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Mississippi Grind Movie Review

Title: Mississippi Grind

Directors: Ryan Fleck and Anna Boden

Starring: Ryan Reynolds, Ben Mendelsohn, Sienna Miller, Analeigh Tipton, Alfre Woodard, Robin Weigert

Gambling can be a serious addiction, and as a result it is used as the subject of a number of films. The rush of the bet and the endless cycle of owing money to loan sharks and other creditors is rarely a positive or optimistic situation, but the characters involved are often fascinating people. Mississippi Grind, the new film from Half Nelson directing duo Ryan Fleck and Anna Boden centers on two gamblers, Gerry (Ben Mendelsohn) and Curtis (Ryan Reynolds), each with different vices that make them a formidable but risky bet.

Gerry is the conventional gambler, someone who goes to casinos every night and can’t quit even after a big win. He is in debt to everyone in town, and hopeless to stop and get his life back on track, which includes reconnecting with his ex-wife and daughter who he has not seen in a few years. Curtis, on the other hand, is not an expert gambler but instead someone who loves to play the game, declaring that betting $20 on a given outcome means that he is paying $20 to see something entertaining rather to win, which he argues makes him a strong poker player, among other talents.

It’s obvious from the first moment they meet, where Curtis buys Gerry an expensive drink at a poker table just because he likes the look of him, that these two are fated to gamble together. Gerry firmly believes that Curtis is a good luck charm, telling him that whenever he is around, good things happen, and when he is not, everything goes to hell. Thus begins a road trip down to New Orleans from Gerry’s home in Iowa filled with stops at every casino, horse race, and any place they can lose money along the way. Curtis manages to help Gerry come out of his shell and interact with people, something he does not regularly do, while Gerry fuels Curtis’ excitement for the unpredictable.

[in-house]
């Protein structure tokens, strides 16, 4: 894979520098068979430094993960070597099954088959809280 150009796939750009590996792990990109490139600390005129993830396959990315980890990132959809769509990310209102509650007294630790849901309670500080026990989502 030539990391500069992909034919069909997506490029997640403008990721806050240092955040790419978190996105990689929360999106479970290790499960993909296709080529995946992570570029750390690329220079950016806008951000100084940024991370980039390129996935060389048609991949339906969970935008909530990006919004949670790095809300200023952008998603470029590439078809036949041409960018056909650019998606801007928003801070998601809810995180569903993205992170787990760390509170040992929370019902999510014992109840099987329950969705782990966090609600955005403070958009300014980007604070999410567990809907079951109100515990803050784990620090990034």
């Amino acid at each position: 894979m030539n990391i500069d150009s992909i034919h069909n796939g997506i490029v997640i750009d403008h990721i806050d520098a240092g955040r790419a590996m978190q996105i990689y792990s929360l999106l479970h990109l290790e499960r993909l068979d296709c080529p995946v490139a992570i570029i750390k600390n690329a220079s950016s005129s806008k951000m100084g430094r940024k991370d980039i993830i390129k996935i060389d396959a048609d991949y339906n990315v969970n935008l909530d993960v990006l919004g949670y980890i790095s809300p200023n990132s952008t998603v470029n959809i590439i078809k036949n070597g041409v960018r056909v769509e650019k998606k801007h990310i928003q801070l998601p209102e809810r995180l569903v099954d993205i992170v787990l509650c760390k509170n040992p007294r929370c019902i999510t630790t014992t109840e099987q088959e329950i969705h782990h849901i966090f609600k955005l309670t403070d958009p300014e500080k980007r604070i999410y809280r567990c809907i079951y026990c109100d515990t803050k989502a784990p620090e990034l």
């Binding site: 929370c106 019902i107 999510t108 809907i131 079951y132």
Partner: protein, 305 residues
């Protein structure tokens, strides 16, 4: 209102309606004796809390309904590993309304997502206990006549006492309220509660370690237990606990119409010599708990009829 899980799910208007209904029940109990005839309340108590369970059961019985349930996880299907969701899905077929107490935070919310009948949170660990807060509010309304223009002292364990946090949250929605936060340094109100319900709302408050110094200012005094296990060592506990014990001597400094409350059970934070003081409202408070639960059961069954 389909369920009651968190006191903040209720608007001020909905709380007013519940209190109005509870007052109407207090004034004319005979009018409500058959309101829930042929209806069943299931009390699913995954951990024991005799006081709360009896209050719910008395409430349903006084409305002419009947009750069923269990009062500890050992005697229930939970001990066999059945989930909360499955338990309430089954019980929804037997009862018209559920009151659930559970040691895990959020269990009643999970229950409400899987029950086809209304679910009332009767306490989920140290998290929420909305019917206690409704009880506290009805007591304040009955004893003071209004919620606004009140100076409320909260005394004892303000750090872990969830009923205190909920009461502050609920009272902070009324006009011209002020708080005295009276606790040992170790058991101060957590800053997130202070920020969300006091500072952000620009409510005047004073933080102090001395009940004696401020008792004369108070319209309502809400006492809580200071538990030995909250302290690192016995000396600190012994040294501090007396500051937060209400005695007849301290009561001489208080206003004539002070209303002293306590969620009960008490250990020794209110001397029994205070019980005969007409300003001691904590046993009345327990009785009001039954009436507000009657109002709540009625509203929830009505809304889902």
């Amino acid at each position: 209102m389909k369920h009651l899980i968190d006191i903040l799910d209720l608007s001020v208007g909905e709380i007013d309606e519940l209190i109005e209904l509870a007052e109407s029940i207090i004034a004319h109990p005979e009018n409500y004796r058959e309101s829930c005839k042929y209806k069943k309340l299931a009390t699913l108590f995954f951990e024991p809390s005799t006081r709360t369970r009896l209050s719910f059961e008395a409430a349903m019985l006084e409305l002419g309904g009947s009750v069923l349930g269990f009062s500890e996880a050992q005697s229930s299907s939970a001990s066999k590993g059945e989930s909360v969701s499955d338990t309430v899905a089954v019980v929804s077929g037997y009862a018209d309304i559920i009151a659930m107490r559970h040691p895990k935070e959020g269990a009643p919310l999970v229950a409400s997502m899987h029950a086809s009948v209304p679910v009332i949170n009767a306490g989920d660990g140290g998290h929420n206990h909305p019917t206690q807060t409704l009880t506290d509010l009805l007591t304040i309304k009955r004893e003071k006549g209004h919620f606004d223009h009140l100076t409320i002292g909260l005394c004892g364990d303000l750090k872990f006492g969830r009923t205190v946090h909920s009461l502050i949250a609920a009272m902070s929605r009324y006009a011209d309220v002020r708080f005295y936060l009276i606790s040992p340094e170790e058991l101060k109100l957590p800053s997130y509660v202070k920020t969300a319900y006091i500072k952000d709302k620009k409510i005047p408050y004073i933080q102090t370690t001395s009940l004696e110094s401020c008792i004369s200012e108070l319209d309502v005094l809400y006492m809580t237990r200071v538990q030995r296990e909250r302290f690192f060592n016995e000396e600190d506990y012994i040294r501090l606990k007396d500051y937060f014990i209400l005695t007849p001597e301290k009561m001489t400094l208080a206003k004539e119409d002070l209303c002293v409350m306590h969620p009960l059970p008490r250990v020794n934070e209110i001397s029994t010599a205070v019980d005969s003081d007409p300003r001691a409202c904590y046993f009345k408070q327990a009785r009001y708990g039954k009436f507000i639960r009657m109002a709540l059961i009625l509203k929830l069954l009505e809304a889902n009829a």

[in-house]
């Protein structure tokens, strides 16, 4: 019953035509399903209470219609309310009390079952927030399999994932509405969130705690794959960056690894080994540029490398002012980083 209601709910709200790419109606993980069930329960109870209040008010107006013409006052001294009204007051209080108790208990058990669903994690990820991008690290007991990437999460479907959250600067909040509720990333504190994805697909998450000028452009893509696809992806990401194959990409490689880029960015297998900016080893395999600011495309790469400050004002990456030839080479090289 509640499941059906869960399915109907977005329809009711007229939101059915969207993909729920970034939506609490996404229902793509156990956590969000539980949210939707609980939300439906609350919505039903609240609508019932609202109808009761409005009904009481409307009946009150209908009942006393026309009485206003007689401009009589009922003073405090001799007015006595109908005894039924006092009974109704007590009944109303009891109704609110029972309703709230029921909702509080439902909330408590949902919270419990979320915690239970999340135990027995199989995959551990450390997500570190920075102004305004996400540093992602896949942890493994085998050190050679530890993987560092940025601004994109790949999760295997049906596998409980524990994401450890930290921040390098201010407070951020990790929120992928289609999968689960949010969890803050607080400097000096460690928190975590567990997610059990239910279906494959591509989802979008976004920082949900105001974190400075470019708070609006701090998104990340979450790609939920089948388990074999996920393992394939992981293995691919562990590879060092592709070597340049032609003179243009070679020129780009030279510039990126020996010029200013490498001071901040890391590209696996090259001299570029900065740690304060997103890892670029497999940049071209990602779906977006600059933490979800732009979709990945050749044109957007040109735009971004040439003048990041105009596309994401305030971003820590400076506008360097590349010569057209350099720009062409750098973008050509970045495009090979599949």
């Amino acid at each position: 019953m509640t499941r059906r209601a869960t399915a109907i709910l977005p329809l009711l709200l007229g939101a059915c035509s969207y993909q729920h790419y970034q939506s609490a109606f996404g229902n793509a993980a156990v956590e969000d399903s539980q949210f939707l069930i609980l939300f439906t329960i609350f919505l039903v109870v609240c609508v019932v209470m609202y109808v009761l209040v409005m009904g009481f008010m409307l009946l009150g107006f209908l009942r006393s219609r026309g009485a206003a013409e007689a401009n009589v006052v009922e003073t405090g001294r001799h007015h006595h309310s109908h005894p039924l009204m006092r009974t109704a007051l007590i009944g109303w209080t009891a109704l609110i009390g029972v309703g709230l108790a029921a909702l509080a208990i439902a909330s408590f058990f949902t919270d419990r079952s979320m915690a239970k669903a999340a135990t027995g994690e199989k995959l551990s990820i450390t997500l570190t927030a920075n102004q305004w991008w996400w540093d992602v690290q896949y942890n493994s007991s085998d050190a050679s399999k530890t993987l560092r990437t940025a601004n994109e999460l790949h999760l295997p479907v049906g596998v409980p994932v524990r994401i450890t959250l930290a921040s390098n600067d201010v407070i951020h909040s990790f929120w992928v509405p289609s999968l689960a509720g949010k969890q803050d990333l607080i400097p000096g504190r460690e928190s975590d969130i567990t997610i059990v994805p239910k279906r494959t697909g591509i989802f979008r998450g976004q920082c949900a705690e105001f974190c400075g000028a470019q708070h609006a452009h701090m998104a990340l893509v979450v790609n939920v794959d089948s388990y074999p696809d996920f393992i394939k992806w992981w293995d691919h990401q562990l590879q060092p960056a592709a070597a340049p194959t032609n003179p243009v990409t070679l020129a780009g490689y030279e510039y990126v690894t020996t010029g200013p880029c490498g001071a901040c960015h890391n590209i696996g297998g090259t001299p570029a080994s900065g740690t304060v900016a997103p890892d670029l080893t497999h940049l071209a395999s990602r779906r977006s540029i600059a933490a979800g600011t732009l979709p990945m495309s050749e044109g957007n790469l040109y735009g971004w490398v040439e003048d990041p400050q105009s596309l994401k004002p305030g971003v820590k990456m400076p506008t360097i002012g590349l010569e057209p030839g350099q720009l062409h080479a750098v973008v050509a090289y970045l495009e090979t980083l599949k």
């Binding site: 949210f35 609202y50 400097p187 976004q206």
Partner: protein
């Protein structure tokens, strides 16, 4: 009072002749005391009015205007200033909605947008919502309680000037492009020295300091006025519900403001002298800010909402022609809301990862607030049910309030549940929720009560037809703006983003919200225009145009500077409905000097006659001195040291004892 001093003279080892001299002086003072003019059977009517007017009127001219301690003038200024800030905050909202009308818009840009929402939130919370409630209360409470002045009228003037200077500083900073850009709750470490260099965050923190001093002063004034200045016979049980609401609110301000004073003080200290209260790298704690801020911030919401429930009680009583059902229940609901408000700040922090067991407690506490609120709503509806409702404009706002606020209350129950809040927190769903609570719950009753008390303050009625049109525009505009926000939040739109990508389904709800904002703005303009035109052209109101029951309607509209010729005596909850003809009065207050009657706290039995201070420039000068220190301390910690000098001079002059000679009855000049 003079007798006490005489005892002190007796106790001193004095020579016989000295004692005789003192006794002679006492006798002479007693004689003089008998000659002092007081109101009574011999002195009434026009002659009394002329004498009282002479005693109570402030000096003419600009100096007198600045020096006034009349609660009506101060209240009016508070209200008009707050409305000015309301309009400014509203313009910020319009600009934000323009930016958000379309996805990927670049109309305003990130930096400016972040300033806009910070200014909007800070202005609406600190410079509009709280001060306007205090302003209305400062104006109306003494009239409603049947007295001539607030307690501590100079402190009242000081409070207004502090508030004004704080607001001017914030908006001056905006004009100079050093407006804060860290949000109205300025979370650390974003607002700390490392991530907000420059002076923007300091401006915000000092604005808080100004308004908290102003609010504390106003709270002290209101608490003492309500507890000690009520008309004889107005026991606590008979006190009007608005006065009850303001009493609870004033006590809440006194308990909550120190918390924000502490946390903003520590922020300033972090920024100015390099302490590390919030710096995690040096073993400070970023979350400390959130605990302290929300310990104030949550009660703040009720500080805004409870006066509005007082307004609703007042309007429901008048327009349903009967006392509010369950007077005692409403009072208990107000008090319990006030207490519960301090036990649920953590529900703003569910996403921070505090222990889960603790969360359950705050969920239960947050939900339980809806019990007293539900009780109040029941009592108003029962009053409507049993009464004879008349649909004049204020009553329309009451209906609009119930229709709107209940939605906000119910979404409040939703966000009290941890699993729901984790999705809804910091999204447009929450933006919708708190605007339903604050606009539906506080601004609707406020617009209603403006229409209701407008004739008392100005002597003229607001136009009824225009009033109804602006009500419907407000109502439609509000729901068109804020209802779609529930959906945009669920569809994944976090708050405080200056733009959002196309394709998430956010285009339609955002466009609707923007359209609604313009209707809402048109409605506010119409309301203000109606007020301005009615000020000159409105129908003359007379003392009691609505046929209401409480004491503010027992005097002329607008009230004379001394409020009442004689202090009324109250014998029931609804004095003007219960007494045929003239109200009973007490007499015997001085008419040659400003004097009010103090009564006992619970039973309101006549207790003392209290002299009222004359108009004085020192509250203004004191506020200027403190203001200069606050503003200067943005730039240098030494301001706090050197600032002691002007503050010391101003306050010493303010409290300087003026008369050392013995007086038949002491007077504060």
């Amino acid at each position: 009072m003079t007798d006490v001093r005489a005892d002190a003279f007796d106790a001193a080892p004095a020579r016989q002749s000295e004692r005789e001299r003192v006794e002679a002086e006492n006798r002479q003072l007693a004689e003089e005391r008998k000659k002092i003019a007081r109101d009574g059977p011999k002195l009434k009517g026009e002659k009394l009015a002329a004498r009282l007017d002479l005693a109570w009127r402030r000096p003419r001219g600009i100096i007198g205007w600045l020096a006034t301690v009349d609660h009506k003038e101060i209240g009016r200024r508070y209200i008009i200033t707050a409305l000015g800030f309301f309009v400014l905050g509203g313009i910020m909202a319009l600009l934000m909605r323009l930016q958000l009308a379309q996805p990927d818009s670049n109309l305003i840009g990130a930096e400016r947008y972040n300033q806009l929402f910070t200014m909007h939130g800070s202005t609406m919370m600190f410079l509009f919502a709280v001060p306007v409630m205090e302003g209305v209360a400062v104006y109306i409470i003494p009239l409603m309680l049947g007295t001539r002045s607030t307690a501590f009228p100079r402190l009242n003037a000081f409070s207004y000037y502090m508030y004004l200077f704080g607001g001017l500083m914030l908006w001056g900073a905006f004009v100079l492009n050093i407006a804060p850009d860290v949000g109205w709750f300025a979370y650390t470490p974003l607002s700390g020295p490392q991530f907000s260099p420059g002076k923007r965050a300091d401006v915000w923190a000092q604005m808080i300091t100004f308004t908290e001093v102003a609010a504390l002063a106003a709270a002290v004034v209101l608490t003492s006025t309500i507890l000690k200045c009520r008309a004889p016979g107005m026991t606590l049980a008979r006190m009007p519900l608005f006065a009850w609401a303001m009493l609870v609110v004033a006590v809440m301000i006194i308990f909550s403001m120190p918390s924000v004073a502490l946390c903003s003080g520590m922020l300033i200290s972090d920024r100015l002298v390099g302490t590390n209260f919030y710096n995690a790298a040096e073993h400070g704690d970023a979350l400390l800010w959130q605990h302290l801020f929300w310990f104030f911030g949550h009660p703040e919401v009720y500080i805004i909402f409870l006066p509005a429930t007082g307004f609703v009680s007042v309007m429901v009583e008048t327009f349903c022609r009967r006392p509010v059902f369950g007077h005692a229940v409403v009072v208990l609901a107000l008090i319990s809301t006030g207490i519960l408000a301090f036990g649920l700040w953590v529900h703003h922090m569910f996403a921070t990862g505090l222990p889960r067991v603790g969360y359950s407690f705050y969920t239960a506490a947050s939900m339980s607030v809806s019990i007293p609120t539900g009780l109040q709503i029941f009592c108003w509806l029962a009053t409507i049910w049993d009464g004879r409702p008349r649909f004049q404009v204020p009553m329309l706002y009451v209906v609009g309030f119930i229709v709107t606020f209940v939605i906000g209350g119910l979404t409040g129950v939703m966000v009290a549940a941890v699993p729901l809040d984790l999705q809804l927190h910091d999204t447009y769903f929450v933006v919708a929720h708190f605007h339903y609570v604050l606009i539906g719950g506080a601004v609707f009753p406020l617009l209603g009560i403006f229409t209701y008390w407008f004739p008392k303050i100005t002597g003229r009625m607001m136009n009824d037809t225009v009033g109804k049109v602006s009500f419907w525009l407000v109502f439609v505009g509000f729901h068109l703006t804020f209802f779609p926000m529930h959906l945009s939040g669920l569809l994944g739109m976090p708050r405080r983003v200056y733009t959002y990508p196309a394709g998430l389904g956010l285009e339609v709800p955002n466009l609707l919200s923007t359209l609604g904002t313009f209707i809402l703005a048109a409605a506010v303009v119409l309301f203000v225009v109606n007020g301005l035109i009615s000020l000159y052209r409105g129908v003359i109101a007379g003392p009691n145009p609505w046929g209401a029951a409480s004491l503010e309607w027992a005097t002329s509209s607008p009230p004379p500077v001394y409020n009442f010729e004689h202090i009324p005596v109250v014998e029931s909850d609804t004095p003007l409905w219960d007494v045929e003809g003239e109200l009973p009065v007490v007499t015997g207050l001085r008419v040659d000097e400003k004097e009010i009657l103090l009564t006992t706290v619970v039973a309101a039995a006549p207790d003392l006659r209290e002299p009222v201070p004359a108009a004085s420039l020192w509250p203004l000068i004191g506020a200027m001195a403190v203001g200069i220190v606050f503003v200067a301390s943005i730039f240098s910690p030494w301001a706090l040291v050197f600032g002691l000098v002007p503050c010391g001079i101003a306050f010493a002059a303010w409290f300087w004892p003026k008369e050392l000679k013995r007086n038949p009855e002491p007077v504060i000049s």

These two characters are so fantastically dynamic and watchable that it makes the experience of what could have been just another gambling movie wholly enthralling. Reynolds, who does not usually take on truly serious roles, is exceptional as Curtis, free-wheeling in his everyday life while maintaining masterful control of every situation he is in, particularly when he speaks to any female. Mendelsohn, who has been terrific in supporting roles in Animal Kingdom and Starred Up, dons an American accent to play a genuine, broken man whose life is ruled by his addiction. It’s a formidable performance that demonstrates Mendelsohn’s true range. Sienna Miller and Analeigh Tipton shine in supporting roles as prostitute friends of Curtis’ in St. Louis who have a profound effect on him and on Gerry.

Mississippi Grind travels down a similar road that movies about gambling or addiction of any sort have, but it manages to avoid clichés and use its predictable nature to its advantage. Like Half Nelson before it, Fleck and Boden tackle darkness and inevitability in a setting where others can easily come in and out but the protagonist, or protagonists in this case, is hopelessly trapped in a world of bad decisions. It pays off tremendously in this engaging, funny, heartbreaking, and very strong film.

This Sundance Premieres entry has held several public screenings in Park City thus far, with three more scheduled.

Technical: A-

Acting: A

Story: A-

Overall: A-

Written by Abe Fried-Tanzer

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